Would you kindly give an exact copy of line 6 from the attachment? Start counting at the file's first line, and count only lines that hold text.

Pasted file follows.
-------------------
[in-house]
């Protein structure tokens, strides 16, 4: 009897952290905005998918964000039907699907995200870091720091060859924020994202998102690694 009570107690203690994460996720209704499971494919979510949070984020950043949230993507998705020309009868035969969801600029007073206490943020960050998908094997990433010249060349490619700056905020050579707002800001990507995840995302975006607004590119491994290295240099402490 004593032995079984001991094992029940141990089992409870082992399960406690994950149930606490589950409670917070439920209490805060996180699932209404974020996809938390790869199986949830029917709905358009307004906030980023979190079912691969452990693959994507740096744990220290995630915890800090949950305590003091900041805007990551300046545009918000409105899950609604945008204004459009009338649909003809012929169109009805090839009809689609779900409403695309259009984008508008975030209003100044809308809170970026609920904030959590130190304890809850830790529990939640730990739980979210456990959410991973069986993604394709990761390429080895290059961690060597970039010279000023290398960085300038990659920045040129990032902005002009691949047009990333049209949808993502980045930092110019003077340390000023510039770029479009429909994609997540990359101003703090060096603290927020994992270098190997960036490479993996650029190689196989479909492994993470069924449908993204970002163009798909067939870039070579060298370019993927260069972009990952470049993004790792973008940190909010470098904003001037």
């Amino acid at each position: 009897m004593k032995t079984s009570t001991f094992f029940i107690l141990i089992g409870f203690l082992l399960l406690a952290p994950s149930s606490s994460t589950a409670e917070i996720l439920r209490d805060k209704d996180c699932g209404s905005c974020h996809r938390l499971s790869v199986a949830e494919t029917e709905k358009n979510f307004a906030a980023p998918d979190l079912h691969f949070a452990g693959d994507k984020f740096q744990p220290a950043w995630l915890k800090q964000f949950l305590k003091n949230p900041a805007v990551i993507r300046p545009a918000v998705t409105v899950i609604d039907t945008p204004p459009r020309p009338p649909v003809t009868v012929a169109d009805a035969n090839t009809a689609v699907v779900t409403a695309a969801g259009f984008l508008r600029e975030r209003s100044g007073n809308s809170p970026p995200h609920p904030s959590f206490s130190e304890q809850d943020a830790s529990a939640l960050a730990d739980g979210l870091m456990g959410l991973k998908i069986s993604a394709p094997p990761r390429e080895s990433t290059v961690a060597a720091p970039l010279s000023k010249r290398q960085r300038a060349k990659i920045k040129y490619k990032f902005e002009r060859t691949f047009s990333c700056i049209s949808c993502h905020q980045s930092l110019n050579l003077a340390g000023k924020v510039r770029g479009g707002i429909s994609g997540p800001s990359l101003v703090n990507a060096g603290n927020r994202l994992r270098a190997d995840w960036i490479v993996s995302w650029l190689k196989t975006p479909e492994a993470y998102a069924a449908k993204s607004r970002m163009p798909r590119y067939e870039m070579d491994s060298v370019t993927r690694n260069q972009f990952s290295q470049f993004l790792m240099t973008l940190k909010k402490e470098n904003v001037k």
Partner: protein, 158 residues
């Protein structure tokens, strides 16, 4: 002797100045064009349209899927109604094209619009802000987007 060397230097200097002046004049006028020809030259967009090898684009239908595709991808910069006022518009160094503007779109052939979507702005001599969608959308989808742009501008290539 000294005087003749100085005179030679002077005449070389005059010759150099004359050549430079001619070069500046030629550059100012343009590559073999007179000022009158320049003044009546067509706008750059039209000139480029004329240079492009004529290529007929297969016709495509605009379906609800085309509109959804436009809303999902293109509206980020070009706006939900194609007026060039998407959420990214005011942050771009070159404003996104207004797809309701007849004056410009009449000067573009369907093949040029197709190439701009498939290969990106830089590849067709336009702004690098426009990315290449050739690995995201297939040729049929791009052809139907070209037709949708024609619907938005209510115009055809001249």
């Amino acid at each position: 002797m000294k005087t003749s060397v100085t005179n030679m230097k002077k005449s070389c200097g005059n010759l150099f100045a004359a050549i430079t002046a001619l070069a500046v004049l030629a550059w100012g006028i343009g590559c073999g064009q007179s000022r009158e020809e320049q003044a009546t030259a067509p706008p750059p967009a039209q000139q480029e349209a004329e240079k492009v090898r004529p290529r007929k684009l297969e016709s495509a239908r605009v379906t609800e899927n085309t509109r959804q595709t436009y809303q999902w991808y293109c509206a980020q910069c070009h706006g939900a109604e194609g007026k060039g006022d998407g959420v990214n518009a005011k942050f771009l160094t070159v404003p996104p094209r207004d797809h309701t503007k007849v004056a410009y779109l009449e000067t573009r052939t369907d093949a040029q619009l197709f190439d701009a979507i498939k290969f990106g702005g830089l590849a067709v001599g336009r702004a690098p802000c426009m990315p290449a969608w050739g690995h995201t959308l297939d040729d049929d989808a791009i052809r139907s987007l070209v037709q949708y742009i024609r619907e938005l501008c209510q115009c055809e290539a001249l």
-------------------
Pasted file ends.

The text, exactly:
């Amino acid at each position: 002797m000294k005087t003749s060397v100085t005179n030679m230097k002077k005449s070389c200097g005059n010759l150099f100045a004359a050549i430079t002046a001619l070069a500046v004049l030629a550059w100012g006028i343009g590559c073999g064009q007179s000022r009158e020809e320049q003044a009546t030259a067509p706008p750059p967009a039209q000139q480029e349209a004329e240079k492009v090898r004529p290529r007929k684009l297969e016709s495509a239908r605009v379906t609800e899927n085309t509109r959804q595709t436009y809303q999902w991808y293109c509206a980020q910069c070009h706006g939900a109604e194609g007026k060039g006022d998407g959420v990214n518009a005011k942050f771009l160094t070159v404003p996104p094209r207004d797809h309701t503007k007849v004056a410009y779109l009449e000067t573009r052939t369907d093949a040029q619009l197709f190439d701009a979507i498939k290969f990106g702005g830089l590849a067709v001599g336009r702004a690098p802000c426009m990315p290449a969608w050739g690995h995201t959308l297939d040729d049929d989808a791009i052809r139907s987007l070209v037709q949708y742009i024609r619907e938005l501008c209510q115009c055809e290539a001249l």